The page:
On the way to work that morning the woman who had been driving that car had a heart attack and had fallen outside the car there by the busy expressway, and this man happened along and stopped to render help. Being a paramedic, he gave her emergency treatment and for some 20 or 30 minutes, he was able to keep her alive. But after 25 or 30 minutes she died in spite of all the emergency treatment he was able to give.

But the reason for his crying was this. He said that during that period of 20 or 30 minutes, he gestured to everyone who passed by to stop and summon help for them, to get an ambulance to come to the rescue of a dying woman. But he said, No one seemed to care. And no one stopped.

It’s a revealing story of the kind of society we’re becoming. Obviously, we have our reasons, just as the priest and the Levite had their reasons. Still this story makes us uncomfortable.

There are two levels at which we may respond to the story of the Good Samaritan. The first is at the level of simple civility or common courtesy.

I once read that just as Hawaiians have no word for “weather” because the climate is so good, Eskimos have no word for “thank you” because in their world, helping one’s neighbor is seen as a duty. 

You would think that being civil to one another is the least we can do. Every major religion or philosophy acknowledges that. You most certainly don’t have to be a Christian to extend common courtesy or simple kindness to a stranger in need.

It’s important for us to recognize that the kindness of the Good Samaritan is being shown every day all over the world. Courtesy, compassion and kindness are the least of what ought to be expected of a human being.

However, the teachings of Jesus instruct us to go beyond what the ordinary person is apt to do. We need to know that there are people who do go that extra mile, who care just a little bit more.

There are many Good Samaritans of every race and creed all over the world. Those who follow Jesus, however, are expected to do even more. We’re expected to give love and compassion to those whom other people pass by. But there’s one more important thing we need to see in this story.

Those of us who have known the grace of Jesus Christ at work in our lives know that it was once we who lay in a ditch broken and bleeding. It was the ultimate Good Samaritan, who is God, who ministered to our needs. Now we long to do for others what God has done for us. That is what grace is about. That is what the Gospel is about.

There was a fashionable phrase a few decades ago known as “compassion fatigue.” That was the term used to describe those who, during the sixties and early seventies, tried to right society’s wrongs, but were soon burned out. They suddenly lost their enthusiasm for doing good. They called it “compassion fatigue.” The reason they lost their enthusiasm for doing acts of compassion and kindness is clear. They started with the wrong motivation. They wanted to help build a better world. And that’s good. That’s far better than being an insensitive clod who lives only for himself or herself. However, the world is so big, and people’s problems sometimes are so complicated. Many of these well-intentioned people simply burned out. They ran out of enthusiasm for helping people with their problems and they threw up their hands and walked away.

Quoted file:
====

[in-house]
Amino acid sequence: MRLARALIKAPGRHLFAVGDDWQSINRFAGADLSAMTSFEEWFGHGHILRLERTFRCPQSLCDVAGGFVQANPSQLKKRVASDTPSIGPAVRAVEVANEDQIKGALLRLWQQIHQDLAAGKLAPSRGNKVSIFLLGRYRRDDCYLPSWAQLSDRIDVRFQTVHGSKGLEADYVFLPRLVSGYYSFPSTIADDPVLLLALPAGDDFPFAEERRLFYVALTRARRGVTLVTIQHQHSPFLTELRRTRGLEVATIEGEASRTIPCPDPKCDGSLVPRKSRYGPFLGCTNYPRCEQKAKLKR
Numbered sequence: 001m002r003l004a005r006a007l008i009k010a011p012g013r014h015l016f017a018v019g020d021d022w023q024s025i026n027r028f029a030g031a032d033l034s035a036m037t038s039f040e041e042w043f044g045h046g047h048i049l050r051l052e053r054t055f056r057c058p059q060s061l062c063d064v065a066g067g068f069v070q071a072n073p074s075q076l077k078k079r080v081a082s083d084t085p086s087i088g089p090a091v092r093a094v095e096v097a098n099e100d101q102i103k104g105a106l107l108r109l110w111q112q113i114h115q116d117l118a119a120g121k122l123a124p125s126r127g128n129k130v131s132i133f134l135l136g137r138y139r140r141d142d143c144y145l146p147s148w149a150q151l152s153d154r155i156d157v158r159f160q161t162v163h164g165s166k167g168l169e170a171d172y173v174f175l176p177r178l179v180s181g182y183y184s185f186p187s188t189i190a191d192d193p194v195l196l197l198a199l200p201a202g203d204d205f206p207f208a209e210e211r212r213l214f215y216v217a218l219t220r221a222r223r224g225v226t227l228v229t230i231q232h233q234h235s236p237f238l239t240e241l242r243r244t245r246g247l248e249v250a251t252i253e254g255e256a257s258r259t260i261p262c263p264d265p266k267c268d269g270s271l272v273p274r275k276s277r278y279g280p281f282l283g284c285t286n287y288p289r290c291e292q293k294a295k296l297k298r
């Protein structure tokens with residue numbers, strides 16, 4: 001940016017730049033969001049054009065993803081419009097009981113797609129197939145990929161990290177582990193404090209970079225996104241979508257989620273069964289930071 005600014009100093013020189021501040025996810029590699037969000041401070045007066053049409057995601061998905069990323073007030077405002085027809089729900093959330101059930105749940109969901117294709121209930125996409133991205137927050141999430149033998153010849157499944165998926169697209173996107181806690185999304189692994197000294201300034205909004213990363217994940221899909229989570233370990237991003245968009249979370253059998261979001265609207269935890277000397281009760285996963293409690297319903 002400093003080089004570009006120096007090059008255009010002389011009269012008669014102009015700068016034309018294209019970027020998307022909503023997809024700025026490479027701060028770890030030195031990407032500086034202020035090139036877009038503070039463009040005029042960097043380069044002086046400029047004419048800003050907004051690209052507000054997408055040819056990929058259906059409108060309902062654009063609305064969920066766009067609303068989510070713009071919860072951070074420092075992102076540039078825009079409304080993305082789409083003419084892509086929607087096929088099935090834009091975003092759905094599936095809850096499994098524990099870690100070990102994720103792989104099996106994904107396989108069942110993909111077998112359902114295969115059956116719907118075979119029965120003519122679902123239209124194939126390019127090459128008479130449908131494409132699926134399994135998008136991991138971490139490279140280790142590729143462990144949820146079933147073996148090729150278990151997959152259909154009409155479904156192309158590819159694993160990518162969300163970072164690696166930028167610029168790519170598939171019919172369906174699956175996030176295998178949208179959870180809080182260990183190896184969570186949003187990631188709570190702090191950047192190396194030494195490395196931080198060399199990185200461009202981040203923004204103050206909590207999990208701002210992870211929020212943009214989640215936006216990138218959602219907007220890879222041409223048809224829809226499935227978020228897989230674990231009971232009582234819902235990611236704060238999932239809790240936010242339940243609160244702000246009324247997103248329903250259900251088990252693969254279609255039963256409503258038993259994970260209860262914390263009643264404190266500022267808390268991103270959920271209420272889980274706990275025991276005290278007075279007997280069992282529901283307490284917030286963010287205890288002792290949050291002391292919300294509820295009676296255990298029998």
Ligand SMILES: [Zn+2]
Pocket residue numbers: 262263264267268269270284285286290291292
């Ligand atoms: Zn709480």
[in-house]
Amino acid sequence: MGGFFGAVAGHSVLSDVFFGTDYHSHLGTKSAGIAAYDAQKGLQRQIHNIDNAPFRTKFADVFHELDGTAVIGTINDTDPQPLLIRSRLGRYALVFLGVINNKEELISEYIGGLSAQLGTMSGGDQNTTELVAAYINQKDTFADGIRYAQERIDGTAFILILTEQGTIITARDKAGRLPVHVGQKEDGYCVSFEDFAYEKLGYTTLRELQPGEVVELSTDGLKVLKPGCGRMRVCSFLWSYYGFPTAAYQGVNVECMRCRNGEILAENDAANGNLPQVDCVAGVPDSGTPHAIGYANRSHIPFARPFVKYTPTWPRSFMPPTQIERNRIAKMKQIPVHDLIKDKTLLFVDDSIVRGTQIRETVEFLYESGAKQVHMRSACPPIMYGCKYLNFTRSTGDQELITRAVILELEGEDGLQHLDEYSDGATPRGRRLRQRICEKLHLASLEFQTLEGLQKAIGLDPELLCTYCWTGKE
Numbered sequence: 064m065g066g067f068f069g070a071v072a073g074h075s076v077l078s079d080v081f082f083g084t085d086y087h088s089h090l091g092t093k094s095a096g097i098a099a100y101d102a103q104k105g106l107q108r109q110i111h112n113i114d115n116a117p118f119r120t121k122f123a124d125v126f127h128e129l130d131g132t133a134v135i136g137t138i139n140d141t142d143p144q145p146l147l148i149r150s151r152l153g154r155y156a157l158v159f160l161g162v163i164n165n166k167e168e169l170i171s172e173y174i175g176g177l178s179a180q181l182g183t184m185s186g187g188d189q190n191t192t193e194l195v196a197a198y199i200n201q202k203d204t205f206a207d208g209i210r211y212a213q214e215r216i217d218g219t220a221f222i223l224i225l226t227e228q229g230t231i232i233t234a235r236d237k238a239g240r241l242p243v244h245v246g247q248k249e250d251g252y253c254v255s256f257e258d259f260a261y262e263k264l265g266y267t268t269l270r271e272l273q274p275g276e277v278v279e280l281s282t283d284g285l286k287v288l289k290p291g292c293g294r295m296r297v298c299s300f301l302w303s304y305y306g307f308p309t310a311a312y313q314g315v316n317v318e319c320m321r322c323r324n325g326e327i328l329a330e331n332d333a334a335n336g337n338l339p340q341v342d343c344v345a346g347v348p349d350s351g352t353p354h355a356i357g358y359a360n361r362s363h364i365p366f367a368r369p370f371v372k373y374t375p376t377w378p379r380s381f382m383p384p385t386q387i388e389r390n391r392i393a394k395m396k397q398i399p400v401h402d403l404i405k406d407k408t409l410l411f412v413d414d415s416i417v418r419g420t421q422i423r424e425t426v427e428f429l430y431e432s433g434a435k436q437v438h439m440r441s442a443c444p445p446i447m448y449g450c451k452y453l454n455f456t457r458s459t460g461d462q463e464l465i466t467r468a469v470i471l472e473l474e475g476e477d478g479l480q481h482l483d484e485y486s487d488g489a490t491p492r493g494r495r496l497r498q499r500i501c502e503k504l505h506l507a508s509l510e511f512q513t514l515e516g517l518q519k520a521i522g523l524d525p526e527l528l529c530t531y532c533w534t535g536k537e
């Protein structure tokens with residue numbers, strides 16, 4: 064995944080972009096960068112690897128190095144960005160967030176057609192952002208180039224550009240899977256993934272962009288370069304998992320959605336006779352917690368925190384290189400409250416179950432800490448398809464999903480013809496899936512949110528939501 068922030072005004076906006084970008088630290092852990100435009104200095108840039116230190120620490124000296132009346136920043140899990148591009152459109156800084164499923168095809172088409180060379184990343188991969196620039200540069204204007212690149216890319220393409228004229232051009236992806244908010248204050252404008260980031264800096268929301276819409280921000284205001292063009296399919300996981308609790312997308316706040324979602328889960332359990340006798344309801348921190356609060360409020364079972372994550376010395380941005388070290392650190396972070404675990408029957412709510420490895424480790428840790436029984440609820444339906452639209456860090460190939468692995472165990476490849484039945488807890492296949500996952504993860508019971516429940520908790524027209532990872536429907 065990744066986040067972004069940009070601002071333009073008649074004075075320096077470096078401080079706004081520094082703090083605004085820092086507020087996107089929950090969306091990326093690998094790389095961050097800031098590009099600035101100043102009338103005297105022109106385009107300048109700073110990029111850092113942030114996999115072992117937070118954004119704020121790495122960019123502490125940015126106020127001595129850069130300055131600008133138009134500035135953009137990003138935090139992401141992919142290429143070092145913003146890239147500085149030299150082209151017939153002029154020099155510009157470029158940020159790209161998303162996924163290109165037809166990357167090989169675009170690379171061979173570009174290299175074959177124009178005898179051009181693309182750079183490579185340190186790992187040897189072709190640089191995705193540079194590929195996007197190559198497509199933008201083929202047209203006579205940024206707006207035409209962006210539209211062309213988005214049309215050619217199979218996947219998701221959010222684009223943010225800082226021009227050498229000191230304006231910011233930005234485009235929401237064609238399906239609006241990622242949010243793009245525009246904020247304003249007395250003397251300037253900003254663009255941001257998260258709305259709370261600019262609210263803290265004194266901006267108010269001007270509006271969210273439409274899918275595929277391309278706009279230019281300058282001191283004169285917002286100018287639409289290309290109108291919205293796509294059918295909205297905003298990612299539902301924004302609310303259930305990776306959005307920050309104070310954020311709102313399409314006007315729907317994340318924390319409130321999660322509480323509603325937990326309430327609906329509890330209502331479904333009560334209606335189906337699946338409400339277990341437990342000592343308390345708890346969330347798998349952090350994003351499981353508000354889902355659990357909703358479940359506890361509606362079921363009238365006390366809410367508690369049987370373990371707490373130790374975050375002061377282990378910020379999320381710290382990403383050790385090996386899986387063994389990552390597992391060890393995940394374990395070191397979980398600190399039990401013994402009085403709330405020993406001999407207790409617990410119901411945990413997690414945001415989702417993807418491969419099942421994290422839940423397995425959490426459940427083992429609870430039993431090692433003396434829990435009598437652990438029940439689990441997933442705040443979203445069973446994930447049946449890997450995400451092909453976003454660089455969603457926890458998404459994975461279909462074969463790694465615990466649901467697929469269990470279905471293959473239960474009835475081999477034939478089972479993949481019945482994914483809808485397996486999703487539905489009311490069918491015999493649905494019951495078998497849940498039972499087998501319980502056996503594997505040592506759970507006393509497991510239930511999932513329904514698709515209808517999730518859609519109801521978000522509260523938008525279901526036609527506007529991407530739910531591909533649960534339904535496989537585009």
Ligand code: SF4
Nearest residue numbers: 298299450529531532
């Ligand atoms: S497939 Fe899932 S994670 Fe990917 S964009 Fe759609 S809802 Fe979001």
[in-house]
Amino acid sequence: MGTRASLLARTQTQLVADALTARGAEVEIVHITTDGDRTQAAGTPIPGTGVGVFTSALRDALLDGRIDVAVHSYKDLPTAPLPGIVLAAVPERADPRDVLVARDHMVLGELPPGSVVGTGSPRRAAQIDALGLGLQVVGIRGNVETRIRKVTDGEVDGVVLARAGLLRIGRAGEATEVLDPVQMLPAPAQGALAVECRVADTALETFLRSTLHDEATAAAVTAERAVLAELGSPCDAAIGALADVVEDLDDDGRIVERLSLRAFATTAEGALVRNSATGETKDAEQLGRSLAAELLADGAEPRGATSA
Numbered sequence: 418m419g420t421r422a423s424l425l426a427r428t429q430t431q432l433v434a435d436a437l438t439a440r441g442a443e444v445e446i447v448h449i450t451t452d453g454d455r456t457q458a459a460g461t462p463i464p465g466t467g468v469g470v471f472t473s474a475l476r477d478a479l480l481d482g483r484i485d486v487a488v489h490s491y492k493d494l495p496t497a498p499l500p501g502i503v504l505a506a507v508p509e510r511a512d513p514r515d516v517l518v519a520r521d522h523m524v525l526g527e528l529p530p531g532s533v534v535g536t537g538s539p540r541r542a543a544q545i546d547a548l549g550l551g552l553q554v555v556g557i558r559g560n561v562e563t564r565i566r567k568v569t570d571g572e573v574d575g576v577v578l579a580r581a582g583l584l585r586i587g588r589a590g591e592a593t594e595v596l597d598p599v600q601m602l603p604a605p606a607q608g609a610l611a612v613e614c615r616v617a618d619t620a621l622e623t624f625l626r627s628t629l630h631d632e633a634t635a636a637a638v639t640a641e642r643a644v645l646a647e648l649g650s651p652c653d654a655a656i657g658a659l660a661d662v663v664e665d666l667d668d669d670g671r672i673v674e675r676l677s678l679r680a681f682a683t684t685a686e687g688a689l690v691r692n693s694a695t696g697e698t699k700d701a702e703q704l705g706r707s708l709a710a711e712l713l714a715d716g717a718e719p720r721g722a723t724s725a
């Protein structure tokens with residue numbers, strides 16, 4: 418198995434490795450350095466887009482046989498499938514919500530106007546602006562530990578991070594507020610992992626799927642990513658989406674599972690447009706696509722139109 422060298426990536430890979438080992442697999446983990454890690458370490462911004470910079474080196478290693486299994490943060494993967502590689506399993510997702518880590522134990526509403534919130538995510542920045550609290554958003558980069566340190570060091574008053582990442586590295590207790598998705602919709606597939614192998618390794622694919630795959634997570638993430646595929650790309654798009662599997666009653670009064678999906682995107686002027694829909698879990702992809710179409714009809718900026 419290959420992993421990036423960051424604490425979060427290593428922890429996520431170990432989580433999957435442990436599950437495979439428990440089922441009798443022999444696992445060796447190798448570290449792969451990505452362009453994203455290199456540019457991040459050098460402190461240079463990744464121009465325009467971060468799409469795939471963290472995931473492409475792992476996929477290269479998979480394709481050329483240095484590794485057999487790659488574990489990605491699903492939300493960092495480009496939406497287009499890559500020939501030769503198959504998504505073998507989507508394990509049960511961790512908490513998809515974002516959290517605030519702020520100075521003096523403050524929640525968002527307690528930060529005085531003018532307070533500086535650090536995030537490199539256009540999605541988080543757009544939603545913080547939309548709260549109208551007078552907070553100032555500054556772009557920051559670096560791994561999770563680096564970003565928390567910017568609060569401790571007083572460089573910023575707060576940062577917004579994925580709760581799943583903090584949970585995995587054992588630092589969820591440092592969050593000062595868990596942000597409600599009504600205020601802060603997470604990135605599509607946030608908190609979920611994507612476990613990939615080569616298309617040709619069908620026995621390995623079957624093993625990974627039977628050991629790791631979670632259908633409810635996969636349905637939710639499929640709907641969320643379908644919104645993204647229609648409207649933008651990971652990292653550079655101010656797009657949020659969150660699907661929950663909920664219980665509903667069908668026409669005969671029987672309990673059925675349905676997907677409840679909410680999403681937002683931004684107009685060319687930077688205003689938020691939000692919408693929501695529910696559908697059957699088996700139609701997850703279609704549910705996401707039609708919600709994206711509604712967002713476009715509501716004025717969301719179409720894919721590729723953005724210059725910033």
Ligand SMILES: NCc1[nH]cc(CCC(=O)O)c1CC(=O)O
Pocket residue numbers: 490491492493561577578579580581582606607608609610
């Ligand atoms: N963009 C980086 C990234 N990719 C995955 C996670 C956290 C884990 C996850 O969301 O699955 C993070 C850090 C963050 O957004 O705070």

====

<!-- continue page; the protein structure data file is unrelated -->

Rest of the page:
Many of the people who remained in the battle to build a better world were there for a different reason. It was because they could see a man dying on a cross for their sins, and they realized that they owed a lifetime of service in response to the kind of love that was extended to them.

As the congregation was leaving Church that morning, there was a woman who was obviously homeless and was crying, sitting by the church yard fence. Only one of the worshippers paid any attention to her. One of the ladies went over and knelt beside the desperate woman and sought to dry her tears and comfort her. Only one person in that entire congregation really knew how to worship God. It was the one who did something to help.

When Christ gets hold of us, we reach out to other people not just because we’re nice people. We do it because once upon a time we were lying in a ditch and a stranger reached out to us. Now that stranger has invaded our lives and it’s He, not we, who reaches out to our neighbor through us, using our hands, our material resources, our valuable time. 

An unknown author wrote these words: On the street I saw a small girl, cold and shivering in a thin dress, with little hope of a decent meal. I became angry and said to God: “Why did you permit this? Why don’t you do something about it?” For a while God said nothing. That night God replied, quite suddenly: “I certainly did do something about it . . . I made YOU.” And that’s why God made us, to do something about it. Can He depend on you?